Three federal lawmakers on Sunday announced that the Senate Health, Education, Labor and Pensions (HELP) Committee and the House Energy and Commerce Committee have reached a bipartisan agreement on legislation to address so-called "surprise" medical bills.
Pressure has been mounting in Congress to pass legislation to address surprise medical bills after President Trump in May called on lawmakers to approve such a measure. However, federal lawmakers, insurers, and providers have been divided on how to resolve the unexpected bills patients receive after being treated by out-of-network providers. Insurers have called on lawmakers to approve a measure that would establish a benchmark payment rate for out-of-network bills, but hospital groups have pushed for an arbitration process that insurers and providers could use to settle payment disputes.
Lawmakers say committees have reached a deal
Senate HELP Committee Chair Lamar Alexander (R-Tenn.), House Energy and Commerce Committee Chair Frank Pallone (D-N.J.), and Rep. Greg Walden (R-Ore.), the House committee's ranking member, on Sunday announced that they have reached an agreement in principle on legislation to address surprise medical bills, but they did not provide extensive details on the deal. House and Senate staffers said the proposal is being finalized and the new bill's text will be released soon, Inside Health Policy reports.
According to Modern Healthcare, the new bill will be similar to the House Energy and Commerce Committee's No Surprises Act (HR 3630), which included both benchmark-rate setting and an arbitration backstop for providers. For example, the new bill would set payment rates for out-of-network care based on a benchmark of the median in-network rate in a given area, Modern Healthcare reports. In addition, the committee in a release said the bill also would establish an arbitration process for health care providers to appeal the payments for some large claims, though lawmakers did not detail the thresholds for such appeals or which factors arbiters would be directed to consider when reviewing such appeals, according to Modern Healthcare. The arbitration process also would apply to surprise bills stemming from air ambulances, the New York Times' "The Upshot" reports.
Lawmakers said the legislation also will include some provisions that are not associated with addressing surprise medical bills. For example, the House Energy and Commerce Committee in a release said the legislation will:
- Increase from 18 to 21 the minimum age at which U.S. residents can purchase tobacco products;
- Provide about $20 billion over five years to fund community health centers; and
- Require more transparency and bolster competition in an effort to reduce prescription drug and medical costs.
The lawmakers said they hope to include the new legislation in an end-of-year government spending bill, which Congress must approve and President Trump must sign by the end of Dec. 20 to avoid a government shutdown, The Hill reports.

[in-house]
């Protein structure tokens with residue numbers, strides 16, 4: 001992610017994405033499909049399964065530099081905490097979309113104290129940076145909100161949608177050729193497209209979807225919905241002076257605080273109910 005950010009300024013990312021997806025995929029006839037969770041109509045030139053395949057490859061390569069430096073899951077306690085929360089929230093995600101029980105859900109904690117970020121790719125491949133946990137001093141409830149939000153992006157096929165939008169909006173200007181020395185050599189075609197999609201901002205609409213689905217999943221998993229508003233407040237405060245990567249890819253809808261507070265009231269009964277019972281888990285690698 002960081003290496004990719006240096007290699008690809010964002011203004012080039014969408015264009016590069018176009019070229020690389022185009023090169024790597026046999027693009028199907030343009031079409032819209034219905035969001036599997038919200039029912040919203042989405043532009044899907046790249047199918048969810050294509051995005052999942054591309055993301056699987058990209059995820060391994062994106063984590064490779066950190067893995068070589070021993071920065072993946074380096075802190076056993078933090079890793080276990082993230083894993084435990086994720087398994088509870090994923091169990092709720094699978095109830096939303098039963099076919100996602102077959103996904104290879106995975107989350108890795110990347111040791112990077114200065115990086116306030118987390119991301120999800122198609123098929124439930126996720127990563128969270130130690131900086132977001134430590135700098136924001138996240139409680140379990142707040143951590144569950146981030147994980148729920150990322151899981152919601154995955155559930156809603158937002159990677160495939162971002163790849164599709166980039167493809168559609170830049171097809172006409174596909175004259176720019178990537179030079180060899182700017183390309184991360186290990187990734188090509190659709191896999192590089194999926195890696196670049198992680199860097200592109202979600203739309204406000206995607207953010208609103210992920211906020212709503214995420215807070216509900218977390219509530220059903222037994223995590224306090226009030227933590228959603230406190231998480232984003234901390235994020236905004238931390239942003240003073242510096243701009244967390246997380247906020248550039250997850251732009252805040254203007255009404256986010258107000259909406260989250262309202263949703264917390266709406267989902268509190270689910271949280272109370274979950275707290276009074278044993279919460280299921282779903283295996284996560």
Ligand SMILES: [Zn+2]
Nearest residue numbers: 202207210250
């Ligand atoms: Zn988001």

Pallone said, "This agreement will make health care and prescription drugs more affordable for the American people. I'm hopeful that this bipartisan, bicameral agreement can be voted on quickly so that it can be signed into law before the end of the year."
But the agreement does not have sign off from Murray, who indicated that she is working with Senate Democrats on some of the measure's provisions. Helen Hare, Murray's communications director, said Murray did not sign off on the agreement because although she "believes the overall agreement takes important steps forward on a number of issues," she "is [still] working with some members of her caucus on concerns they still have."
It is unclear whether Senate and House leadership support the agreement.
Senate Majority Leader Mitch McConnell (R-Ky.) said he is encouraged to see lawmakers included his proposal to increase the minimum tobacco purchasing age in the deal. He added, "I look forward to reviewing the details on this and the other policies included in the package announced today."
A spokesperson for House Speaker Nancy Pelosi (D-Calif.) did not respond to a request for comment, Modern Healthcare reports.
The American Hospital Association (AHA) expressed concerns with the coming legislation. Rick Pollack, AHA's president and CEO, said, "Unfortunately, unless this proposal is much improved over previous bills that rely on a benchmark rate, it remains highly problematic and would jeopardize patient access to hospital care, particularly in rural communities" (Cohen, Inside Health Policy, 12/8 [subscription required]; House Energy and Commerce Committee release, 12/8; Cohrs, Modern Healthcare, 12/8; Sullivan, The Hill, 12/8; Ruoff, Bloomberg Law, 12/8; Owens, "Vitals," Axios, 12/9; McIntire, Roll Call, 12/8; Sanger-Katz, "The Upshot," New York Times, 12/8).